Clinical manifestations, diagnosis, and evaluation of osteoporosis in men
- Joel S Finkelstein, MD
Joel S Finkelstein, MD
- Associate Professor of Medicine
- Harvard Medical School
- Elaine W Yu, MD
Elaine W Yu, MD
- Assistant Professor of Medicine
- Harvard Medical School
Osteoporosis is a common disease that is characterized by low bone mass with microarchitectural disruption and skeletal fragility, resulting in an increased risk of fracture. The World Health Organization (WHO) has defined diagnostic thresholds for low bone mass and osteoporosis based upon bone mineral density (BMD) measurements compared with a young adult reference population (T-score) (table 1).
The initial osteoporosis evaluation includes a history to assess for clinical risk factors for fracture and to evaluate for other conditions that contribute to bone loss, a physical examination, and basic laboratory tests. There are many coexisting medical conditions that contribute to bone loss (table 2). Thus, evaluation for alternative causes of bone loss to detect potentially reversible causes should be considered in those with abnormal initial findings.
Early diagnosis and quantification of bone loss and fracture risk have become more important because of the availability of therapies that can slow or even reverse the progression of osteoporosis.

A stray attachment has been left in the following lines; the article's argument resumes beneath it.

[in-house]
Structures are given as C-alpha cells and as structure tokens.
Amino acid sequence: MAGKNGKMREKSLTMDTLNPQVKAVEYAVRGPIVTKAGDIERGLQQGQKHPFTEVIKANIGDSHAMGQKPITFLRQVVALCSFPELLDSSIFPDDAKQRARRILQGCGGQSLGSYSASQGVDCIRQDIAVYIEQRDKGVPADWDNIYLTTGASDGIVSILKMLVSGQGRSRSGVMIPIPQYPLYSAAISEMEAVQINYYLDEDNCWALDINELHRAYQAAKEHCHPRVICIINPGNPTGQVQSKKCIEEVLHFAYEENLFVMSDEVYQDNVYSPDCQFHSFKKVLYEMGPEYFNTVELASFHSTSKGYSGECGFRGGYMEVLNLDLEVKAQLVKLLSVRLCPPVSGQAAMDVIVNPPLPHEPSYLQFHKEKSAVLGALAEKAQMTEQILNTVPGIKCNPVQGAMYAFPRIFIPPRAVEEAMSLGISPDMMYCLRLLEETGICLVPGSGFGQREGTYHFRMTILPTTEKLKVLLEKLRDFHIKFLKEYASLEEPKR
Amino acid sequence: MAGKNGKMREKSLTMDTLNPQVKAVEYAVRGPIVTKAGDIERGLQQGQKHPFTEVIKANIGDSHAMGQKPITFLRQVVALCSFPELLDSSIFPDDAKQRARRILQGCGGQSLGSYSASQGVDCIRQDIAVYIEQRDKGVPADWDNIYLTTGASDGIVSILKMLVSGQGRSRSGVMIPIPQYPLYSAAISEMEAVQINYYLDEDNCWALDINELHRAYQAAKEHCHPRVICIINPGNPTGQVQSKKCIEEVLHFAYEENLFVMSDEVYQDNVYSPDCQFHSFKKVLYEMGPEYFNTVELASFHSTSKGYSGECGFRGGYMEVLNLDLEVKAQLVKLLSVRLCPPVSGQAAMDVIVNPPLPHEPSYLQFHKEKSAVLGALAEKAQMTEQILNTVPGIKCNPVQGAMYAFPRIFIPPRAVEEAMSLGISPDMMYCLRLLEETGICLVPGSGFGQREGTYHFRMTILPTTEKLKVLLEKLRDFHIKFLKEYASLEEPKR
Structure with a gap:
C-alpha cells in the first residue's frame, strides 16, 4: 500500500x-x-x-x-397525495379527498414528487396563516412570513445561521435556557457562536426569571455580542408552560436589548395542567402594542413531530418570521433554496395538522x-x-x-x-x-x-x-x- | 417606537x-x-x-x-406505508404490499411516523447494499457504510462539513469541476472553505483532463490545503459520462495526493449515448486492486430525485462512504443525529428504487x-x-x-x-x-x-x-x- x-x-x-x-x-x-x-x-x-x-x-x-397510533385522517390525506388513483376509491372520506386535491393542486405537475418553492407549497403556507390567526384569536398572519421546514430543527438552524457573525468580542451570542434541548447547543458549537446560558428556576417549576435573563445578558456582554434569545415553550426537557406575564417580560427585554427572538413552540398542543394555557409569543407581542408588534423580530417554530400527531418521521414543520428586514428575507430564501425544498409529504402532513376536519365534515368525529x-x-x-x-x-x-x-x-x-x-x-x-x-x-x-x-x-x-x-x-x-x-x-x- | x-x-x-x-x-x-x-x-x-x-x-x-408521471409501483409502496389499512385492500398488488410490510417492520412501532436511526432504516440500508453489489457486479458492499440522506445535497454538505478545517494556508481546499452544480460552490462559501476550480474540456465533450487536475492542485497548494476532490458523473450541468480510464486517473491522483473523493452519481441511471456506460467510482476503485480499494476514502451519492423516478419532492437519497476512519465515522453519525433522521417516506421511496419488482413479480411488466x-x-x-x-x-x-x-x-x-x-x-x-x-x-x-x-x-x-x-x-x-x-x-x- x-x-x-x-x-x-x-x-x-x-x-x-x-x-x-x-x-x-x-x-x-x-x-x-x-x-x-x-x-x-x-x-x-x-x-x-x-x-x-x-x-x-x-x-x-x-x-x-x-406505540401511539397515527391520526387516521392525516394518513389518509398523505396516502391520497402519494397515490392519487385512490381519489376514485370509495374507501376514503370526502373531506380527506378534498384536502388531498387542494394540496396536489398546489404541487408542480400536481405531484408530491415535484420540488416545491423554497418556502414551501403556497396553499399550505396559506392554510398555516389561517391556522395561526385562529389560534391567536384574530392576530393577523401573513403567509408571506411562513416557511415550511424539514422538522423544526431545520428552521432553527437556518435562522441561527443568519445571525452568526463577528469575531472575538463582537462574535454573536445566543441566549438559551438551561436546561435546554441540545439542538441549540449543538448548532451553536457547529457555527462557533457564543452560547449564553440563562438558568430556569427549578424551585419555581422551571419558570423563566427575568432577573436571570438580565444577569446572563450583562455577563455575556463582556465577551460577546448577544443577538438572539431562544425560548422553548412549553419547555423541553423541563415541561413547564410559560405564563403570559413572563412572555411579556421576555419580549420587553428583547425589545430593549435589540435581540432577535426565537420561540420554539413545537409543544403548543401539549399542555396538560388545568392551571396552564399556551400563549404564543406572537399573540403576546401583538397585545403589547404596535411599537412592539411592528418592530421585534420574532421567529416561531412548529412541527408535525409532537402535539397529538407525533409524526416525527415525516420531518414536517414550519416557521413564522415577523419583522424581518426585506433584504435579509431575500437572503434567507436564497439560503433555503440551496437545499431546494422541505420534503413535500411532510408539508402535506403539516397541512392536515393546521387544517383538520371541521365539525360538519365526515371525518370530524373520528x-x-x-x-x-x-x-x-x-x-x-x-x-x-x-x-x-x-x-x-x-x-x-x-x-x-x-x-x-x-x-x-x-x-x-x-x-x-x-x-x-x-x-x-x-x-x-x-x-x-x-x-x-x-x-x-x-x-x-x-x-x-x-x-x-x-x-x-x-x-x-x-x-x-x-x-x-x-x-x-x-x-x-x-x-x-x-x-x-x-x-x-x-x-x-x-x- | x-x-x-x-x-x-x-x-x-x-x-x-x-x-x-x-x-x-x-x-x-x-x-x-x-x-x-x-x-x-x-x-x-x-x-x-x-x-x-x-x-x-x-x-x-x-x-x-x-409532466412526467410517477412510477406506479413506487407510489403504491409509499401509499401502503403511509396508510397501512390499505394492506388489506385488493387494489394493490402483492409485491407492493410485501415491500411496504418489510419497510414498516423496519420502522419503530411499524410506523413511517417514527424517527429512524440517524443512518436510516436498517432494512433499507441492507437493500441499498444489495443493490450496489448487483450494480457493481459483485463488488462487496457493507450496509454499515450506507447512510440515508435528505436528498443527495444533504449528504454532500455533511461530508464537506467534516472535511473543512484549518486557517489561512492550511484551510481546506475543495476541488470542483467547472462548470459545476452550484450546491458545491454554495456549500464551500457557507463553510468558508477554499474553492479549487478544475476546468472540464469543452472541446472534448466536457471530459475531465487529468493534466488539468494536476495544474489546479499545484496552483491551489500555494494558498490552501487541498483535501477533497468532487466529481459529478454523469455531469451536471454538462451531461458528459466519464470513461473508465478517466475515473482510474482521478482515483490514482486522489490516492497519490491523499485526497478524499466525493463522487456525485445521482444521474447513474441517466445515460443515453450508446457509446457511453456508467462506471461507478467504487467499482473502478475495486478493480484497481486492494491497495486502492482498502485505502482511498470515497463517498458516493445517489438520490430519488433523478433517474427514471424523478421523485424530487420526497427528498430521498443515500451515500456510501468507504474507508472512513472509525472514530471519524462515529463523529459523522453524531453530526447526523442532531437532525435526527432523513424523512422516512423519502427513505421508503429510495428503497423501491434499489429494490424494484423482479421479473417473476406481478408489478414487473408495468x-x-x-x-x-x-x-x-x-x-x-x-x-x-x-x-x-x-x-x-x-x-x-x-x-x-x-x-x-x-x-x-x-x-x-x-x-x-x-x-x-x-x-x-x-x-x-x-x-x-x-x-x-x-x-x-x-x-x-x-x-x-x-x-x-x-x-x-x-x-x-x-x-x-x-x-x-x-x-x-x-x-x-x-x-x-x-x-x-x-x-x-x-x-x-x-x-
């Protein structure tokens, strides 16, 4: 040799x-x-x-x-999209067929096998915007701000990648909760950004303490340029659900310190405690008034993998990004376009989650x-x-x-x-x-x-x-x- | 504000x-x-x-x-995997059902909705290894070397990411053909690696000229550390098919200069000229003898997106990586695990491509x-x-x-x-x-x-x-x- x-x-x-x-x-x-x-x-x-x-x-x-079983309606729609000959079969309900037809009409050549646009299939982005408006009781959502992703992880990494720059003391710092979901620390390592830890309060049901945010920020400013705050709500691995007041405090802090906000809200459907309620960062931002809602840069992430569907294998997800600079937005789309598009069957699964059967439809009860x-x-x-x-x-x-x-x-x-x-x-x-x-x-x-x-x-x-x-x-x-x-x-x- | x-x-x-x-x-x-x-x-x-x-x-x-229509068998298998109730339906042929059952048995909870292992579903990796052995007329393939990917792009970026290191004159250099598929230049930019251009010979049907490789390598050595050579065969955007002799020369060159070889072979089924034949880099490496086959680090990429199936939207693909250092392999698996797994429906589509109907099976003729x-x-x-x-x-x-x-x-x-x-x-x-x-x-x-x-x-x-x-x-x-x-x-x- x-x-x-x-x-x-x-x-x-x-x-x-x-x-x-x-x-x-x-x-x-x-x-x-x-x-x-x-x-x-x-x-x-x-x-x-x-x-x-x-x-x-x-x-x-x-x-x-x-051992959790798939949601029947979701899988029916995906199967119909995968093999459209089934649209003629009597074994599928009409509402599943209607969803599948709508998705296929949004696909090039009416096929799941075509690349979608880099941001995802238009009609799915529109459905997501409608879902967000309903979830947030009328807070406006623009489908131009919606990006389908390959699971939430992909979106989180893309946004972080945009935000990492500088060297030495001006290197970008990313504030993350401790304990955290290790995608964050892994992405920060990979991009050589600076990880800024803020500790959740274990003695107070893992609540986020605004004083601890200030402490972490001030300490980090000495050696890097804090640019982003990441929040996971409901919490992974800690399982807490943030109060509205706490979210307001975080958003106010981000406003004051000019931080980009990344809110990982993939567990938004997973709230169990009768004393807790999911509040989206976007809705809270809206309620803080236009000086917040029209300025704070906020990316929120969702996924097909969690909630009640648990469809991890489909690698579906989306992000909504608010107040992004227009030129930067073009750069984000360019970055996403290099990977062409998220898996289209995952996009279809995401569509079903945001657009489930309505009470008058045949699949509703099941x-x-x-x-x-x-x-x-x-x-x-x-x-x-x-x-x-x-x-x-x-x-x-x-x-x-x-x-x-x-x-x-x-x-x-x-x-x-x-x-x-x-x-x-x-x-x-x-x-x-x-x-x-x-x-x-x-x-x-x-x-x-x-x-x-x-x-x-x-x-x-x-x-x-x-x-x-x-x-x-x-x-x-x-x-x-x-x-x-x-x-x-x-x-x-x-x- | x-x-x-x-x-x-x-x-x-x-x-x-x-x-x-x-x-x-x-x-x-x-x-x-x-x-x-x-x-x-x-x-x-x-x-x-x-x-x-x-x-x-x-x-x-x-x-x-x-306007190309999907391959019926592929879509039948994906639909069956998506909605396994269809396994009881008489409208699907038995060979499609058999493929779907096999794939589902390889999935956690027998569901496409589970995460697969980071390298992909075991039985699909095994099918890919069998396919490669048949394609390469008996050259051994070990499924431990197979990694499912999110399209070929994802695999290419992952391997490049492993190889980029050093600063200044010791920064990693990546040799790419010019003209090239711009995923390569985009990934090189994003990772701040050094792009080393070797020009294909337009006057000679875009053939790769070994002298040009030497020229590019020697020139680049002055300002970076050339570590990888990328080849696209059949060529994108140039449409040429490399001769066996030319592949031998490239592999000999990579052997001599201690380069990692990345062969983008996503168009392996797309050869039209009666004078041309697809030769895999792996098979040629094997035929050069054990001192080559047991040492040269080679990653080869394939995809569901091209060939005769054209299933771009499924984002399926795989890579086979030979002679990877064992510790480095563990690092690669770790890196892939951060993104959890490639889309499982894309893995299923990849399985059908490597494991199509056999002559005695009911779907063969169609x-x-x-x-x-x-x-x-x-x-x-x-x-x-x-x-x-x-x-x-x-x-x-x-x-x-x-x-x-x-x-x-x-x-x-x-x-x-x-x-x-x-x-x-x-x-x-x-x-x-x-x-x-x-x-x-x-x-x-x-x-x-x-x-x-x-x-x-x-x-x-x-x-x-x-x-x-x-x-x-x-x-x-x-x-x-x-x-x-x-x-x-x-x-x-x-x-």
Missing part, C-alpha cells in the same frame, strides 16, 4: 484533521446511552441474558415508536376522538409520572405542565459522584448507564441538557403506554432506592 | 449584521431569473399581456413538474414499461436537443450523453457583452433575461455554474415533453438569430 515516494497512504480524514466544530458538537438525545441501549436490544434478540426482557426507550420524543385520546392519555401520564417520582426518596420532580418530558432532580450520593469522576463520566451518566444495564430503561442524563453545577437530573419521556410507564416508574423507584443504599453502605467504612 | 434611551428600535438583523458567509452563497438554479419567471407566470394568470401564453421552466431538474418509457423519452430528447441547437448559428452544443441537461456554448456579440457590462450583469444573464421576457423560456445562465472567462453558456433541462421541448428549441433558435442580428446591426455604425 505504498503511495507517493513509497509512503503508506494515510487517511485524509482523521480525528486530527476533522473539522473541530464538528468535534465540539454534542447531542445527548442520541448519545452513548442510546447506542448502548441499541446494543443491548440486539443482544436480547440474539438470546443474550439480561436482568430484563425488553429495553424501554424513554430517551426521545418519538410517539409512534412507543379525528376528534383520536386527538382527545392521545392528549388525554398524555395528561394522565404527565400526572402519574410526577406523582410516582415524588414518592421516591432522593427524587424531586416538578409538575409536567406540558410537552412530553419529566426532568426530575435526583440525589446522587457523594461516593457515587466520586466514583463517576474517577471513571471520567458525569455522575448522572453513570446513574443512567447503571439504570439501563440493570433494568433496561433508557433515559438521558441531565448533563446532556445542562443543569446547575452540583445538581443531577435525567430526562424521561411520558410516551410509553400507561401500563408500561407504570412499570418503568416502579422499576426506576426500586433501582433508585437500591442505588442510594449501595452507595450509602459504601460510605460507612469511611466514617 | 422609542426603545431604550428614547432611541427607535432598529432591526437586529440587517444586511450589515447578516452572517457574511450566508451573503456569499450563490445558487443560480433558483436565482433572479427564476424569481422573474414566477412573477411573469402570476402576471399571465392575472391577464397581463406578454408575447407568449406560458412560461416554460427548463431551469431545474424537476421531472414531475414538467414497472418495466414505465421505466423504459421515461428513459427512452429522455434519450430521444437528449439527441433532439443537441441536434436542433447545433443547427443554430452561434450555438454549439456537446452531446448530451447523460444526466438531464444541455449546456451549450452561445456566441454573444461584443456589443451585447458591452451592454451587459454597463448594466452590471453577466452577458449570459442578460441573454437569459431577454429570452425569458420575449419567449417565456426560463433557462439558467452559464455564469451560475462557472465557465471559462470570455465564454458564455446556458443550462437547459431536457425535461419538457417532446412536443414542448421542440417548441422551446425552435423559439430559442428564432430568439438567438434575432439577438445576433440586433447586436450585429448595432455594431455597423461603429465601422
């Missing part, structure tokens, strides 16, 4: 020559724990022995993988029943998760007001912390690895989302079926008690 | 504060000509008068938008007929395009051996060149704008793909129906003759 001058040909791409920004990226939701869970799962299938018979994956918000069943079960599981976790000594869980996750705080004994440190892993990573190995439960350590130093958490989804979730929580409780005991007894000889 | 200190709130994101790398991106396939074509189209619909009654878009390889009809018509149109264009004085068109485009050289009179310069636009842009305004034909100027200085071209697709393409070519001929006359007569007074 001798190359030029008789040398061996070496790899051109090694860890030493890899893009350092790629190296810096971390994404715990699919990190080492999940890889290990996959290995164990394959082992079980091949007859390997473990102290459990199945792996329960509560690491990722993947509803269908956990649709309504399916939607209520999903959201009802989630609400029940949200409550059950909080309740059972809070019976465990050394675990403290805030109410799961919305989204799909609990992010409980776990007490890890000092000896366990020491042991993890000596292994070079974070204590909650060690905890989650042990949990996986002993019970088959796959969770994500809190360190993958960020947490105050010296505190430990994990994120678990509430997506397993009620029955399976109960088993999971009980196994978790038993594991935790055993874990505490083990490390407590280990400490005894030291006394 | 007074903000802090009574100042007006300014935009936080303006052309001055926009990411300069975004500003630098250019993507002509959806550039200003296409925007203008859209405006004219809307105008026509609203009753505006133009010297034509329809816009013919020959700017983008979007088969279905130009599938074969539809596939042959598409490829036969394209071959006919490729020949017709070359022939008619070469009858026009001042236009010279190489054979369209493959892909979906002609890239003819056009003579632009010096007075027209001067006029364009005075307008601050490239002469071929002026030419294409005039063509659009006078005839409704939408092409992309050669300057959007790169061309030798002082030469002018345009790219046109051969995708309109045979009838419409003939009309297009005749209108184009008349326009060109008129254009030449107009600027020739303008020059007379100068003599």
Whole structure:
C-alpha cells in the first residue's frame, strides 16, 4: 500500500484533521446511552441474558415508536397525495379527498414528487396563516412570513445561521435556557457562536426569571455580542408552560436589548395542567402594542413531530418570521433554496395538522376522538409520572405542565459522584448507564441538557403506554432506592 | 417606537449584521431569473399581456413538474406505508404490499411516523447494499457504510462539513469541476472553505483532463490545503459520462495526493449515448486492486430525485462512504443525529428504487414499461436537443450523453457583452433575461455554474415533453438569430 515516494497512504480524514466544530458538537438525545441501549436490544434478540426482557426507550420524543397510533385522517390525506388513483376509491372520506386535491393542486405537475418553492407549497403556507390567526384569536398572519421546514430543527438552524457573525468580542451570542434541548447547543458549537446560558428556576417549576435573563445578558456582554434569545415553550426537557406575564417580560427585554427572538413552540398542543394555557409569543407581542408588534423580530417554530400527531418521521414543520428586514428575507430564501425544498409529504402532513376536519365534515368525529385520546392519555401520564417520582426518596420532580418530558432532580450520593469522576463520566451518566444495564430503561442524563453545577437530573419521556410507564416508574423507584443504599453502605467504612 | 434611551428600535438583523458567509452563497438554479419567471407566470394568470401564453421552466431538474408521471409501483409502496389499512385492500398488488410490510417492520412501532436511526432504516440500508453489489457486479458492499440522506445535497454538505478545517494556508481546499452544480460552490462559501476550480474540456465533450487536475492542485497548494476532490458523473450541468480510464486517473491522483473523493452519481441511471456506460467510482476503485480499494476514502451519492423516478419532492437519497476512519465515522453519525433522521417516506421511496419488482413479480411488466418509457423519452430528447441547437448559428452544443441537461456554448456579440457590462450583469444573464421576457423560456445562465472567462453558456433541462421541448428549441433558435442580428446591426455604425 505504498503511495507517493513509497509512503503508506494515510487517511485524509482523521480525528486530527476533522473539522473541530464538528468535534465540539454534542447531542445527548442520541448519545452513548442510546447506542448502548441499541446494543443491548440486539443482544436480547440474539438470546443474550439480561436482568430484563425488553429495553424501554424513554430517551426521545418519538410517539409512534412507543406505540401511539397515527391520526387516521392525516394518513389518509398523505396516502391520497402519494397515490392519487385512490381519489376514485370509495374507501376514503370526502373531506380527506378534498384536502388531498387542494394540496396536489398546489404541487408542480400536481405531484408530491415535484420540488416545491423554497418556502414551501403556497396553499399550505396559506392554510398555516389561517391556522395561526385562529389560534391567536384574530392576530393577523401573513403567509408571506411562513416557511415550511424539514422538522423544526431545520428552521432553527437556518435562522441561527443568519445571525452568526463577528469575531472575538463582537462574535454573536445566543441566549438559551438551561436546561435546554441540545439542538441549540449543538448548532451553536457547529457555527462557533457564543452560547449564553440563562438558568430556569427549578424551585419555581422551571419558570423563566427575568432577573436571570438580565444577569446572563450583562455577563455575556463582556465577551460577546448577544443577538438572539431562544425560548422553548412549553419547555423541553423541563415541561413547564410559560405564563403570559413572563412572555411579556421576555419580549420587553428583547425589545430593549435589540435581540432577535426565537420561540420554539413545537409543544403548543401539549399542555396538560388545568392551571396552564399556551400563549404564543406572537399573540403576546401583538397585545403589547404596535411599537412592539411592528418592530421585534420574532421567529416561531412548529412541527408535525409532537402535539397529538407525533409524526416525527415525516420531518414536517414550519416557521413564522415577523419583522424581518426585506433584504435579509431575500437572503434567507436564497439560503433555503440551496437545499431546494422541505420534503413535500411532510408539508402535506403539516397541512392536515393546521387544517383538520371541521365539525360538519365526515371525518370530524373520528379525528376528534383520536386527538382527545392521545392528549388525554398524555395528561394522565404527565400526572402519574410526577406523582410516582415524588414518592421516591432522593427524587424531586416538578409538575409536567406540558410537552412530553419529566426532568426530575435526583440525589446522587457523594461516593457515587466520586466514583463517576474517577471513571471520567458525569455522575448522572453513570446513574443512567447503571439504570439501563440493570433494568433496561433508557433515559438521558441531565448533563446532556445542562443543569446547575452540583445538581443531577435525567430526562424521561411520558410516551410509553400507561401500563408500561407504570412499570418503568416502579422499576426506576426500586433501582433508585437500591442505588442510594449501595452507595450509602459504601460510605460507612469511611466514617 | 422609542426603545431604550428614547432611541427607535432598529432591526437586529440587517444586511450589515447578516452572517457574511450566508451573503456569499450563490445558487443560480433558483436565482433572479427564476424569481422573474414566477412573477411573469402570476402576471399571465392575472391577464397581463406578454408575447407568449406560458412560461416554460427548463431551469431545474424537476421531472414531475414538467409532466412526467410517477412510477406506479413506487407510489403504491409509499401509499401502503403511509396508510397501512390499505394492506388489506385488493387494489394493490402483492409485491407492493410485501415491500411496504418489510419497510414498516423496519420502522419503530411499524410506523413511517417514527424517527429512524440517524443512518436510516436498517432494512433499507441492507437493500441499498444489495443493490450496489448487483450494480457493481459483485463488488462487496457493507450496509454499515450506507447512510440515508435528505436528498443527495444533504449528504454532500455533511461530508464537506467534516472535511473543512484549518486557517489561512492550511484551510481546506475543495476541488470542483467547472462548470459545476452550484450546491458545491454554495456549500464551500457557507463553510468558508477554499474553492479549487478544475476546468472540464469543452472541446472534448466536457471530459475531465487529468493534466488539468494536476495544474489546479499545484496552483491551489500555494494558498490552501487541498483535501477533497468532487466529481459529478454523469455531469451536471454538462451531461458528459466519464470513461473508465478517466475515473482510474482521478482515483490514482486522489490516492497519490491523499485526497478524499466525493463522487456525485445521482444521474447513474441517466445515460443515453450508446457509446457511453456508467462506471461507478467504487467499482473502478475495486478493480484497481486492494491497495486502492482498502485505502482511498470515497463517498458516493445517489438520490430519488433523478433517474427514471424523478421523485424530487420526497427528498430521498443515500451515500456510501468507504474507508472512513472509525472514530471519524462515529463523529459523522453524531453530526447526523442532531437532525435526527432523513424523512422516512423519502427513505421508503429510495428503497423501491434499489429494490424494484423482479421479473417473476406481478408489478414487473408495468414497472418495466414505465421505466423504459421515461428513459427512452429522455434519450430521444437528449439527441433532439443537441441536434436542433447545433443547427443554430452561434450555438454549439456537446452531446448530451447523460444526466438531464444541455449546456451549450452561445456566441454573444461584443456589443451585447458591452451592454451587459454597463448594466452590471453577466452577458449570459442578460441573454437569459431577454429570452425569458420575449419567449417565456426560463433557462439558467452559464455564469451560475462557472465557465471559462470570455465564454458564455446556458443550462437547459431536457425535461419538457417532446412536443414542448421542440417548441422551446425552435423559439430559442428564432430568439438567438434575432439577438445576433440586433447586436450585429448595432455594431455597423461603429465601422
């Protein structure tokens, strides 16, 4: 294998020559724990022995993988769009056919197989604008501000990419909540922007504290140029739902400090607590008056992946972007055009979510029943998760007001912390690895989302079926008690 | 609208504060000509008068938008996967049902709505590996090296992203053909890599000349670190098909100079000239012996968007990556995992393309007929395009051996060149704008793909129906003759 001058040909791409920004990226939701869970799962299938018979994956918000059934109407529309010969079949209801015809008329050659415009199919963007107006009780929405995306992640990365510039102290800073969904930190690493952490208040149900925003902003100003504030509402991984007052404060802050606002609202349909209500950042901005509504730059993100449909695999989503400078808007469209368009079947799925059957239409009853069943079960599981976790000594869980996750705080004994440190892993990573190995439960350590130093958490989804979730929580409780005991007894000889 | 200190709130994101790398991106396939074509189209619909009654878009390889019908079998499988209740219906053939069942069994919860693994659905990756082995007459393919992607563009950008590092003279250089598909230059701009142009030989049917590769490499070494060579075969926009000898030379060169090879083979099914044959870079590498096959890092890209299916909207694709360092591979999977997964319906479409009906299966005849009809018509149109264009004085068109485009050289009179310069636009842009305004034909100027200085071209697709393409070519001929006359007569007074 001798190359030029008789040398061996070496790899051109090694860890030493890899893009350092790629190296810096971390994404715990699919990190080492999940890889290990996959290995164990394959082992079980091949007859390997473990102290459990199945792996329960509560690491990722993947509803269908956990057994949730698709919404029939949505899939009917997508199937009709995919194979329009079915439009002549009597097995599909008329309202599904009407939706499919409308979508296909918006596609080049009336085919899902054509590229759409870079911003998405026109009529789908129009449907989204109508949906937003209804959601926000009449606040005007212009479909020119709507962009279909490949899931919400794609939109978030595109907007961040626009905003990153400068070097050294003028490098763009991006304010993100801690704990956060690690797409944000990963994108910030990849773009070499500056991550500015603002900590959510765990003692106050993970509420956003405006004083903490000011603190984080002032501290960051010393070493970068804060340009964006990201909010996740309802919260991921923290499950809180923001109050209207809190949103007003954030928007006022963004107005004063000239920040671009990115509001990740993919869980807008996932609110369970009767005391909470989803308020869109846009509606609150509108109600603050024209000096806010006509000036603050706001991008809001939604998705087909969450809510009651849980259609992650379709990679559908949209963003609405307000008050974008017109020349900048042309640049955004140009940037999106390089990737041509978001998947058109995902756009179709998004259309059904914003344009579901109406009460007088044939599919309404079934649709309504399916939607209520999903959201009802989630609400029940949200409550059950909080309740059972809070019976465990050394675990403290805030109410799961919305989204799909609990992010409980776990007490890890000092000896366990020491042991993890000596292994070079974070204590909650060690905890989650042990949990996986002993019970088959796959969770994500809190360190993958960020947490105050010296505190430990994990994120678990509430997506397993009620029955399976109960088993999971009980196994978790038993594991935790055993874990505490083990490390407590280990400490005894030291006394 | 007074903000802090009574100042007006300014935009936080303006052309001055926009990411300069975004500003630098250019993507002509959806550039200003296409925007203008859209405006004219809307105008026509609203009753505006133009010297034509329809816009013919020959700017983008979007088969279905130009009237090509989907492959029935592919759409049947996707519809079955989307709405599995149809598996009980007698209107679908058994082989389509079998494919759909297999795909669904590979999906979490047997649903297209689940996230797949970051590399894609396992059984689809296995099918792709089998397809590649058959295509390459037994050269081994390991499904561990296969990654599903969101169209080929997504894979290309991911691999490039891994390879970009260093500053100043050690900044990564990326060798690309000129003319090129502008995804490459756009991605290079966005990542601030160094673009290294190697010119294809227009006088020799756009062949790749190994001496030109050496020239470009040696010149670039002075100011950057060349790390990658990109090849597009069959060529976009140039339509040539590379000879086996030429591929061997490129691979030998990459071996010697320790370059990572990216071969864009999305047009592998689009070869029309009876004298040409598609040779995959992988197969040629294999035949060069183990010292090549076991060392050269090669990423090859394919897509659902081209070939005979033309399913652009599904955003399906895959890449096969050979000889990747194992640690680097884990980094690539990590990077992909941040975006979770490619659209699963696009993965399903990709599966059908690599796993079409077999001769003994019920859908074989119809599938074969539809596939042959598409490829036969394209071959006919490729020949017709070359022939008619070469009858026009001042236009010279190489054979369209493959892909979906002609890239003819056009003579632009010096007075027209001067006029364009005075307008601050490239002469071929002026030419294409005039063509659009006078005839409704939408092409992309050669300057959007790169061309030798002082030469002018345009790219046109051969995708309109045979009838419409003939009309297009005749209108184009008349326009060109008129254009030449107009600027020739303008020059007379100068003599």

The clinical manifestations, diagnosis, and evaluation of osteoporosis in men will be reviewed here. The treatment and the epidemiology and etiology of osteoporosis in men are discussed separately. (See "Treatment of osteoporosis in men" and "Epidemiology and etiology of osteoporosis in men".)
Osteoporosis has no clinical manifestations until there is a fracture. Many vertebral fractures are asymptomatic. They may be diagnosed as an incidental finding on chest or abdominal radiographs. The clinical manifestations of symptomatic vertebral fractures include pain and height loss. (See "Osteoporotic thoracolumbar vertebral compression fractures: Clinical manifestations and treatment", section on 'Clinical manifestations'.)To continue reading this article, you must log in with your personal, hospital, or group practice subscription. For more information on subscription options, click below on the option that best describes you:
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